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What is the 25th Amendment, and how does it work?

In the aftermath of a violent mob invading the Capitol building on Wednesday, calls in Congress are growing for President Trump to be stripped of his power from office under the disability clause of the 25th Amendment.

The amendment provides a complex, difficult process for wresting power from a sitting president. Here is a brief history of the 25th Amendment and an explanation of how it operates.

What is the 25th Amendment?

The 25th Amendment to the Constitution is primarily designed to clarify the presidential order of succession. The first three sections deal with when a president resigns, dies or becomes ill or temporarily incapacitated.

The fourth section provides a multistep process for the vice president and a majority of the officials who lead executive agencies — commonly thought of as the cabinet — to declare that the president is “unable to discharge the powers and duties of his office.” That process ultimately requires a two-thirds vote of both houses of Congress.

How did the 25th Amendment come about?

In the aftermath of John F. Kennedy’s assassination in 1963, there was some confusion about how to choose a new vice president after Lyndon B. Johnson became president. And there was concern about what might happen if Johnson fell ill or was incapacitated before his replacement was found. Congress formally proposed the 25th Amendment in 1965, and the amendment became part of the Constitution in 1967, after 38 states ratified it.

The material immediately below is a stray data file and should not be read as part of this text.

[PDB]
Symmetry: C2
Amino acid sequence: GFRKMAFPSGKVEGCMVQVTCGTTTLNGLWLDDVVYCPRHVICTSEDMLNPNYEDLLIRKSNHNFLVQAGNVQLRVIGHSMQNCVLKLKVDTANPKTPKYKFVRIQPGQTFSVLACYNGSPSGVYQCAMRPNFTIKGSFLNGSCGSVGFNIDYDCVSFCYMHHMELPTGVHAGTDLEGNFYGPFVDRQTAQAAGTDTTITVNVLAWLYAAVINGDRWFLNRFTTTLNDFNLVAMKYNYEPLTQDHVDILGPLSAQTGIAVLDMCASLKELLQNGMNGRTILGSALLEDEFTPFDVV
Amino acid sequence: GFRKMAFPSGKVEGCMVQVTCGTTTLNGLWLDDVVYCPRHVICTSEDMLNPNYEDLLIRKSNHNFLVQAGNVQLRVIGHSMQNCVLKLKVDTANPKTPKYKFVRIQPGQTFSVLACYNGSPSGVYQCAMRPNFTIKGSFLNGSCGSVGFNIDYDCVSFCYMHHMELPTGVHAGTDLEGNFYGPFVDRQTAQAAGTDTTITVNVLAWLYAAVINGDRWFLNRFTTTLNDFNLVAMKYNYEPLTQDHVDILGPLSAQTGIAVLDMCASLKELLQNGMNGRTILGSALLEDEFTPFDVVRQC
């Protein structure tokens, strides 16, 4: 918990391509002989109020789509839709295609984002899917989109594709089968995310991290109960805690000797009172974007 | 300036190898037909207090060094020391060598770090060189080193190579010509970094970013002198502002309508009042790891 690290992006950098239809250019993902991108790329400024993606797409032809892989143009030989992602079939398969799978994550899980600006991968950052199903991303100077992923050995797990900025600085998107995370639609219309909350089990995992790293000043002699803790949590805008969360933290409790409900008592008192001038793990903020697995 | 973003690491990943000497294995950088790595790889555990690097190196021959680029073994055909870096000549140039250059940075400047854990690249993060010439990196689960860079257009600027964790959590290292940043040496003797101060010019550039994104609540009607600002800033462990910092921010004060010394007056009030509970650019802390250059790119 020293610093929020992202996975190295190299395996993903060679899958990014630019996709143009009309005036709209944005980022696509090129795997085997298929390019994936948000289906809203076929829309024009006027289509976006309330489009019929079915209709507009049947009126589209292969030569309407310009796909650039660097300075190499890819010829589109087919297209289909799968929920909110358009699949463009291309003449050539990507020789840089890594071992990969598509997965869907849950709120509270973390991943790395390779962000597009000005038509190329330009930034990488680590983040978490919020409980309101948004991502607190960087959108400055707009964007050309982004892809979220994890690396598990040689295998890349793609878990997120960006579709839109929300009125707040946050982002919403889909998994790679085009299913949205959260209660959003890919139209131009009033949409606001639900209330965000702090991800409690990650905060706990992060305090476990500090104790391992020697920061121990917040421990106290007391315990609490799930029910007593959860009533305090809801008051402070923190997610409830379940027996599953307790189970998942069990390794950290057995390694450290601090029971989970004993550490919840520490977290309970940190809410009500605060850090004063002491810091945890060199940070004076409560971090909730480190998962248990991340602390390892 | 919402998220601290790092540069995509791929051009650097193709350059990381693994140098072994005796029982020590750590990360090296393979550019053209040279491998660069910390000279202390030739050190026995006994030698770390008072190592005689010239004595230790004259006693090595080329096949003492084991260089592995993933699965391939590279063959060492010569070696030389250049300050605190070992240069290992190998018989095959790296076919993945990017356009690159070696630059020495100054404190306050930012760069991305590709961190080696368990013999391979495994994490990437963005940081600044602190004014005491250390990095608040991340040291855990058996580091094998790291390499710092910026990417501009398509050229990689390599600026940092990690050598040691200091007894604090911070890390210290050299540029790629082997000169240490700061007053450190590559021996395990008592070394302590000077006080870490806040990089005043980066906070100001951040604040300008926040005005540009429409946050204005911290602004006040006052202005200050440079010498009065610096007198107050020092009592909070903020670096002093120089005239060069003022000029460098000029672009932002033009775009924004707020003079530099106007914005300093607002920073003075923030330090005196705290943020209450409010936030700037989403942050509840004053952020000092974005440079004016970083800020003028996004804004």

How would it actually work, if invoked now?

The first step would be for Vice President Mike Pence and a majority of the cabinet to provide a written declaration to the president pro tempore of the Senate (currently Senator Chuck Grassley, Republican of Iowa) and the speaker of the House (currently Representative Nancy Pelosi, Democrat of California) that Mr. Trump “is unable to discharge the powers and duties of his office.” That would immediately strip Mr. Trump of the powers of his office and make Mr. Pence the acting president.

But the 25th Amendment would allow Mr. Trump to immediately send a written declaration of his own to Mr. Grassley and Ms. Pelosi saying that he is in fact able to perform his duties. That would immediately allow him to resume his duties, unless Mr. Pence and the cabinet send another declaration to the congressional leaders within four days restating their concerns. Mr. Pence would take over again as acting president.

That declaration would require Congress to assemble within 48 hours and to vote within 21 days. If two-thirds of members of both the House and the Senate agreed that Mr. Trump was unable to continue as president, he would be stripped permanently of the position, and Mr. Pence would continue serving as acting president. If the vote in Congress fell short, Mr. Trump would resume his duties.

Would that ever happen?

The authors of the 25th Amendment intended it to be a difficult process that would make it exceedingly rare. They succeeded.

To put it in context, it is even more difficult to strip a president of power under the 25th Amendment than it is under the impeachment process. A president can be impeached by a simple majority in the House and removed from office by a two-thirds vote in the Senate. Stripping a president of power under the 25th Amendment requires a two-thirds vote in both chambers.

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